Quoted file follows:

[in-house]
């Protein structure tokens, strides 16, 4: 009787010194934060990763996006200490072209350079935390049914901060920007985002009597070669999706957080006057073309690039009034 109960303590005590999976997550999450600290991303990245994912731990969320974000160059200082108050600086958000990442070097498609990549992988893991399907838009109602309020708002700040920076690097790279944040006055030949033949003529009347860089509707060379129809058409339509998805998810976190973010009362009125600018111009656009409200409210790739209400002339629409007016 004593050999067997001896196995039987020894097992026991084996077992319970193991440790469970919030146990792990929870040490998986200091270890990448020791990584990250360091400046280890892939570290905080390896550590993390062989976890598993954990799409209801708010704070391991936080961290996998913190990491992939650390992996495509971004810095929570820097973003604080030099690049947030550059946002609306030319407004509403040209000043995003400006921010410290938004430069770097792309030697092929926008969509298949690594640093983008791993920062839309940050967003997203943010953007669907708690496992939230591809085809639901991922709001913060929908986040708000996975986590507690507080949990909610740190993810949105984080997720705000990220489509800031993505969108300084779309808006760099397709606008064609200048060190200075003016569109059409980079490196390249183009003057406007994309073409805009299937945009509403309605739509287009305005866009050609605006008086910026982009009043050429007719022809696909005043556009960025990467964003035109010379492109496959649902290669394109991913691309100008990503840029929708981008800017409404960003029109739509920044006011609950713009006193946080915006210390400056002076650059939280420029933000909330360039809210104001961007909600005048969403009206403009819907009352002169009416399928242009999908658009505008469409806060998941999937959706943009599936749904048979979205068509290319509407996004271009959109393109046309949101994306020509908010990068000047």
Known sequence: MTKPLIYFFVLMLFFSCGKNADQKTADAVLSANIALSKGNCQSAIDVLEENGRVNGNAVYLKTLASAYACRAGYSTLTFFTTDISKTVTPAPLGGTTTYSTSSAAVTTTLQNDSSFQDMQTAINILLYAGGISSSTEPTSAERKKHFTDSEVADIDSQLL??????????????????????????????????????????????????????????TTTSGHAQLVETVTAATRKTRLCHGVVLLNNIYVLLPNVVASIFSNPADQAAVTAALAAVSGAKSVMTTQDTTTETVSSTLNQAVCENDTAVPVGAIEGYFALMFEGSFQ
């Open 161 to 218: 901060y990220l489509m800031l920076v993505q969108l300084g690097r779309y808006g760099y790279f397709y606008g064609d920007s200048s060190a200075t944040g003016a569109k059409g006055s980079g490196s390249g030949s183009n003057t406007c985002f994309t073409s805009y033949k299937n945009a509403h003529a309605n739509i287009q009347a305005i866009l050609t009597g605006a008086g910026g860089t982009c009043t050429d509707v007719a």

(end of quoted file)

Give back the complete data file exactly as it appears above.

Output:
[in-house]
């Protein structure tokens, strides 16, 4: 009787010194934060990763996006200490072209350079935390049914901060920007985002009597070669999706957080006057073309690039009034 109960303590005590999976997550999450600290991303990245994912731990969320974000160059200082108050600086958000990442070097498609990549992988893991399907838009109602309020708002700040920076690097790279944040006055030949033949003529009347860089509707060379129809058409339509998805998810976190973010009362009125600018111009656009409200409210790739209400002339629409007016 004593050999067997001896196995039987020894097992026991084996077992319970193991440790469970919030146990792990929870040490998986200091270890990448020791990584990250360091400046280890892939570290905080390896550590993390062989976890598993954990799409209801708010704070391991936080961290996998913190990491992939650390992996495509971004810095929570820097973003604080030099690049947030550059946002609306030319407004509403040209000043995003400006921010410290938004430069770097792309030697092929926008969509298949690594640093983008791993920062839309940050967003997203943010953007669907708690496992939230591809085809639901991922709001913060929908986040708000996975986590507690507080949990909610740190993810949105984080997720705000990220489509800031993505969108300084779309808006760099397709606008064609200048060190200075003016569109059409980079490196390249183009003057406007994309073409805009299937945009509403309605739509287009305005866009050609605006008086910026982009009043050429007719022809696909005043556009960025990467964003035109010379492109496959649902290669394109991913691309100008990503840029929708981008800017409404960003029109739509920044006011609950713009006193946080915006210390400056002076650059939280420029933000909330360039809210104001961007909600005048969403009206403009819907009352002169009416399928242009999908658009505008469409806060998941999937959706943009599936749904048979979205068509290319509407996004271009959109393109046309949101994306020509908010990068000047």
Known sequence: MTKPLIYFFVLMLFFSCGKNADQKTADAVLSANIALSKGNCQSAIDVLEENGRVNGNAVYLKTLASAYACRAGYSTLTFFTTDISKTVTPAPLGGTTTYSTSSAAVTTTLQNDSSFQDMQTAINILLYAGGISSSTEPTSAERKKHFTDSEVADIDSQLL??????????????????????????????????????????????????????????TTTSGHAQLVETVTAATRKTRLCHGVVLLNNIYVLLPNVVASIFSNPADQAAVTAALAAVSGAKSVMTTQDTTTETVSSTLNQAVCENDTAVPVGAIEGYFALMFEGSFQ
């Open 161 to 218: 901060y990220l489509m800031l920076v993505q969108l300084g690097r779309y808006g760099y790279f397709y606008g064609d920007s200048s060190a200075t944040g003016a569109k059409g006055s980079g490196s390249g030949s183009n003057t406007c985002f994309t073409s805009y033949k299937n945009a509403h003529a309605n739509i287009q009347a305005i866009l050609t009597g605006a008086g910026g860089t982009c009043t050429d509707v007719a």